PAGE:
We have a variety of interviews discussing books on Latin America. James Dunkerley chooses his best books on Latin American history, Patricio Navia chooses his best books on Latin American politics, and William LeoGrande his best books on US relations with Latin America. John King chooses his selection of the best Latin American novels. Oscar Guardiola-Rivera chooses his best books on the rise of Latin America.
On individual countries, Hugh Thomson chooses, his best books on Mexico, Oscar Hijuelos his best books on Cuba, Larry Rohter his best books on Brazil and Chris Moss chooses his best books on Argentina and Psychoanalysis. Alan Angell chooses his best books on Pinochet and Chilean politics.
Regina Marchi chooses her best books on the Latin American celebrations of the Day of the Dead.
From the humorous and dark stories of a young V. S. Naipaul to recent coming-of-age novels, set in a cut-throat Jamaican holiday resort or American’s urban battlefields, Alexia Arthurs explores the myriad expressions of Caribbean identity in fiction
Political scientist Patricio Navia discusses how the identity of Latin America is inextricably bound up with its colonial history, why Latin American voters elect left-wing leaders, and how social inclusion is necessary for Latin America to realise its full potential
The Secret History of Costaguana
by Juan Gabriel Vásquez
The Brief Wondrous Life of Oscar Wao
by Junot Díaz
The Many-Headed Hydra
by Marcus Rediker and Paul Linebaugh
Of Divine Warning
by Jane Anna and Lewis R Gordon
Time for a Visible Hand
by Stephany Griffiths-Jones, Jose Antonio Ocampo & Joseph Stiglitz
From two 19th century journals, to historical fiction, to reportage on Jamaicans living in London in the 1950s to the island’s music, British travel writer Ian Thomson, author of The Dead Yard: Tales of Modern Jamaica, recommends a broad range of books that shed light on Jamaica.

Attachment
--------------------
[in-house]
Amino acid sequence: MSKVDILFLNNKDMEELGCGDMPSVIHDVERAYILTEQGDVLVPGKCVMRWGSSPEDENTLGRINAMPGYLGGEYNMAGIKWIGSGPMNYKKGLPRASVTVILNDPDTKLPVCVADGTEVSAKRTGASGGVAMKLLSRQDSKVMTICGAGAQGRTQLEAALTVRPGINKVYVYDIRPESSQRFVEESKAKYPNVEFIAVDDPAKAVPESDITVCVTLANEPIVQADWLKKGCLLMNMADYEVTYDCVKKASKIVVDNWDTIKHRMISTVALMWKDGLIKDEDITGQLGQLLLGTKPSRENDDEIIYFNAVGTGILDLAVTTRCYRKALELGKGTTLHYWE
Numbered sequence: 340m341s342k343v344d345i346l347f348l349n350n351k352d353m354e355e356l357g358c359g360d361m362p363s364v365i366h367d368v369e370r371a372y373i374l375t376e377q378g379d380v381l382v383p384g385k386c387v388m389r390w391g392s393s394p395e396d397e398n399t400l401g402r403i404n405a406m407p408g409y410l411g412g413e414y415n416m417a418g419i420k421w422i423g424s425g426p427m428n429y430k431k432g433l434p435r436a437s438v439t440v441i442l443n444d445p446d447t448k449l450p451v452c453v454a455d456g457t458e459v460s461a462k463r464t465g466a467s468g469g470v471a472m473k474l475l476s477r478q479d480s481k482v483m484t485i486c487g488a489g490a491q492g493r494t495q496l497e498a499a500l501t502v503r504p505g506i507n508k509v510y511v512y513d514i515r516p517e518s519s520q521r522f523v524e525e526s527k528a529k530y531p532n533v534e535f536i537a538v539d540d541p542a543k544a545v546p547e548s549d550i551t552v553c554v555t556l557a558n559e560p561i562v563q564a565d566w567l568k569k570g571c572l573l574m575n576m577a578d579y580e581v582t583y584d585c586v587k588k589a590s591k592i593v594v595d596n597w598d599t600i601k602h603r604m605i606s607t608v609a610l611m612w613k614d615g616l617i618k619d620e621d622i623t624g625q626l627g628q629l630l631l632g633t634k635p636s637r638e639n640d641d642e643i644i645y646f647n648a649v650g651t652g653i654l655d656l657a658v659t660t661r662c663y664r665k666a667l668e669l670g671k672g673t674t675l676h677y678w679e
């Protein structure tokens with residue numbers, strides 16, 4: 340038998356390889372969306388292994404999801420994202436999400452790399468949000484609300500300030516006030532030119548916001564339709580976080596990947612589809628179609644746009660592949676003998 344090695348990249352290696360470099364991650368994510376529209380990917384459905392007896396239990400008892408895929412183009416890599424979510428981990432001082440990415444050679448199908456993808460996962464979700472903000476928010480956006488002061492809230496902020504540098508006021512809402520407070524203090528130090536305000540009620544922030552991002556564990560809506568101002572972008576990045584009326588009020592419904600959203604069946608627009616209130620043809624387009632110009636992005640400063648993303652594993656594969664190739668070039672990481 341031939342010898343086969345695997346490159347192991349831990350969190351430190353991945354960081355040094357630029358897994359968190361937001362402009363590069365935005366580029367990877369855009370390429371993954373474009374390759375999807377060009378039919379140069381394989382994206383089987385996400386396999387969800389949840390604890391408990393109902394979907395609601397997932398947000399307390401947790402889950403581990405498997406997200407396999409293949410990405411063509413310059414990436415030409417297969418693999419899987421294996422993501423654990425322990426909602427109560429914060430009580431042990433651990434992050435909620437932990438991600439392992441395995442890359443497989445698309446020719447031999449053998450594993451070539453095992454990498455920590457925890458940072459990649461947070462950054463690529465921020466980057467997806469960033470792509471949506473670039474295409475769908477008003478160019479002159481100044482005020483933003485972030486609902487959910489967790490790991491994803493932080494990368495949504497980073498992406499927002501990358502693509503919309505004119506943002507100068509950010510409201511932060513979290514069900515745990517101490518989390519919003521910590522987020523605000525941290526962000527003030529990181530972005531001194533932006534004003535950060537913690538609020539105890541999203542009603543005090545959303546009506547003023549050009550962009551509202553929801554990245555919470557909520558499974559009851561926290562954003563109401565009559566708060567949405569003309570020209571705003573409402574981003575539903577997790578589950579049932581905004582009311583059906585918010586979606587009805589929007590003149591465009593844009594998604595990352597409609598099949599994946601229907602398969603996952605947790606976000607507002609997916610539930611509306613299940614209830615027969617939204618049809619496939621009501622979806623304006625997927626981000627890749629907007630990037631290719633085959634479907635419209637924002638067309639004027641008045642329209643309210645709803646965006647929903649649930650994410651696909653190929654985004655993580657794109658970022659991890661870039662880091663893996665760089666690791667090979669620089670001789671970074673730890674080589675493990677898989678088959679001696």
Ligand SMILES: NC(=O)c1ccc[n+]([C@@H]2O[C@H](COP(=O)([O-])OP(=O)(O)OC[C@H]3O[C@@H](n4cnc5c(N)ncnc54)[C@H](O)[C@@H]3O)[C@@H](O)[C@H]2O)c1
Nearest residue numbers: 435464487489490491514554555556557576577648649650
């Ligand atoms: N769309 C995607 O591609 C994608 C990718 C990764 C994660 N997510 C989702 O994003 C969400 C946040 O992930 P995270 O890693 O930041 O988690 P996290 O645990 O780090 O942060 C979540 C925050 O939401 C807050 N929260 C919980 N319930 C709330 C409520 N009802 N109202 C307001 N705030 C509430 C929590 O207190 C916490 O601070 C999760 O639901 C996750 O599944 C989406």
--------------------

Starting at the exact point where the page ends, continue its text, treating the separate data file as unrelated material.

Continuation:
As a country that was created after the first and only successful slave revolt in history, Haiti looms large in the popular imagination. Here, Christian Wisskirchen, founding member and former chair of The Haiti Support Group, recommends five books that reveal much about Haiti and what makes it special, and its fascinating and often traumatic history since independence in 1804.
The Pinochet Regime
by Carlos Huneeus
Battling for Hearts and Minds: Memory Struggles in Pinochet’s Chile, 1973–1988
by Steve J Stern
Fear in Chile: Lives Under Pinochet
by Patricia Politzer
Heading South, Looking North: A Bilingual Journey
by Ariel Dorfman
Victims of the Chilean Miracle: Workers And Neoliberalism In The Pinochet Era, 1973–2002
by Peter Winn
Marshalling one of the first ever televised coups, Chilean dictator Augusto Pinochet’s legacy is fraught. While some apologists try to justify the dictatorship on economic grounds, his time in office saw innumerable human rights abuses. Alan Angell, Emeritus Fellow in Latin American Politics at the University of Oxford, considers the regime of “a very cruel man.”